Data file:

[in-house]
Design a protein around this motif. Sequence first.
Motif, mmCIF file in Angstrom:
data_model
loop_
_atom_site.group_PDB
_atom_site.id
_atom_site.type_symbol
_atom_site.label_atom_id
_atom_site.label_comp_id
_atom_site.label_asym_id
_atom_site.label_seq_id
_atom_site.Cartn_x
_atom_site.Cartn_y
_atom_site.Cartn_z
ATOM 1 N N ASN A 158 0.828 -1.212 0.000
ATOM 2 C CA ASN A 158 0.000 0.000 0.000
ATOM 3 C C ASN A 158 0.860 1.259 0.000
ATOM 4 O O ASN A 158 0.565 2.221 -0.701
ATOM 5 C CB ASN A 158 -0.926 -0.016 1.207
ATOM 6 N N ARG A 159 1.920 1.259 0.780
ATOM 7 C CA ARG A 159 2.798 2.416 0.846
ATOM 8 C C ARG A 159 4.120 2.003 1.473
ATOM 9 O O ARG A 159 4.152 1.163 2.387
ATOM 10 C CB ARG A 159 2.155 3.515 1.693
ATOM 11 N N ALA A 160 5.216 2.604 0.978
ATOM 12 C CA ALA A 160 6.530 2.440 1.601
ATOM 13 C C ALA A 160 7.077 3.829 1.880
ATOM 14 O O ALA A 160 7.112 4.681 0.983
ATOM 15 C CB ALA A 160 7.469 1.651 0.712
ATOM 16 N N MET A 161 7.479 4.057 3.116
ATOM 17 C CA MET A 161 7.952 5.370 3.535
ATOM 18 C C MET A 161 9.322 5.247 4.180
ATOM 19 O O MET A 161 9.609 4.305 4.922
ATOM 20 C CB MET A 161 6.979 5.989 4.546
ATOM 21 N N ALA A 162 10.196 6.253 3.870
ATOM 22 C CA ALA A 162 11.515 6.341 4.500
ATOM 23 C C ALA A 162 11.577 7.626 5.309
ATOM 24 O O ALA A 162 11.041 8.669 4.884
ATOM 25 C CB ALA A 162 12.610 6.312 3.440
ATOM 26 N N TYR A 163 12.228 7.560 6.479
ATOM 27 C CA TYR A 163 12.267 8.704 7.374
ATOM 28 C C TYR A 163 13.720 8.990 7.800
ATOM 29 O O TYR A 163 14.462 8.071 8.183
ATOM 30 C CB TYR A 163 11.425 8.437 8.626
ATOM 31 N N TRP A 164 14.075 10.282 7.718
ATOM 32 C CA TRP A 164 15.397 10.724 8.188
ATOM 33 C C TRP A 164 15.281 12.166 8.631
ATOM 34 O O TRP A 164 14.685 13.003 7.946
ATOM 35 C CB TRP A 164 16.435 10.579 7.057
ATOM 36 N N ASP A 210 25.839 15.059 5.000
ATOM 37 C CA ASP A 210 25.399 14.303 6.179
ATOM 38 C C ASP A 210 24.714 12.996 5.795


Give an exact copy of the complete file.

[in-house]
Design a protein around this motif. Sequence first.
Motif, mmCIF file in Angstrom:
data_model
loop_
_atom_site.group_PDB
_atom_site.id
_atom_site.type_symbol
_atom_site.label_atom_id
_atom_site.label_comp_id
_atom_site.label_asym_id
_atom_site.label_seq_id
_atom_site.Cartn_x
_atom_site.Cartn_y
_atom_site.Cartn_z
ATOM 1 N N ASN A 158 0.828 -1.212 0.000
ATOM 2 C CA ASN A 158 0.000 0.000 0.000
ATOM 3 C C ASN A 158 0.860 1.259 0.000
ATOM 4 O O ASN A 158 0.565 2.221 -0.701
ATOM 5 C CB ASN A 158 -0.926 -0.016 1.207
ATOM 6 N N ARG A 159 1.920 1.259 0.780
ATOM 7 C CA ARG A 159 2.798 2.416 0.846
ATOM 8 C C ARG A 159 4.120 2.003 1.473
ATOM 9 O O ARG A 159 4.152 1.163 2.387
ATOM 10 C CB ARG A 159 2.155 3.515 1.693
ATOM 11 N N ALA A 160 5.216 2.604 0.978
ATOM 12 C CA ALA A 160 6.530 2.440 1.601
ATOM 13 C C ALA A 160 7.077 3.829 1.880
ATOM 14 O O ALA A 160 7.112 4.681 0.983
ATOM 15 C CB ALA A 160 7.469 1.651 0.712
ATOM 16 N N MET A 161 7.479 4.057 3.116
ATOM 17 C CA MET A 161 7.952 5.370 3.535
ATOM 18 C C MET A 161 9.322 5.247 4.180
ATOM 19 O O MET A 161 9.609 4.305 4.922
ATOM 20 C CB MET A 161 6.979 5.989 4.546
ATOM 21 N N ALA A 162 10.196 6.253 3.870
ATOM 22 C CA ALA A 162 11.515 6.341 4.500
ATOM 23 C C ALA A 162 11.577 7.626 5.309
ATOM 24 O O ALA A 162 11.041 8.669 4.884
ATOM 25 C CB ALA A 162 12.610 6.312 3.440
ATOM 26 N N TYR A 163 12.228 7.560 6.479
ATOM 27 C CA TYR A 163 12.267 8.704 7.374
ATOM 28 C C TYR A 163 13.720 8.990 7.800
ATOM 29 O O TYR A 163 14.462 8.071 8.183
ATOM 30 C CB TYR A 163 11.425 8.437 8.626
ATOM 31 N N TRP A 164 14.075 10.282 7.718
ATOM 32 C CA TRP A 164 15.397 10.724 8.188
ATOM 33 C C TRP A 164 15.281 12.166 8.631
ATOM 34 O O TRP A 164 14.685 13.003 7.946
ATOM 35 C CB TRP A 164 16.435 10.579 7.057
ATOM 36 N N ASP A 210 25.839 15.059 5.000
ATOM 37 C CA ASP A 210 25.399 14.303 6.179
ATOM 38 C C ASP A 210 24.714 12.996 5.795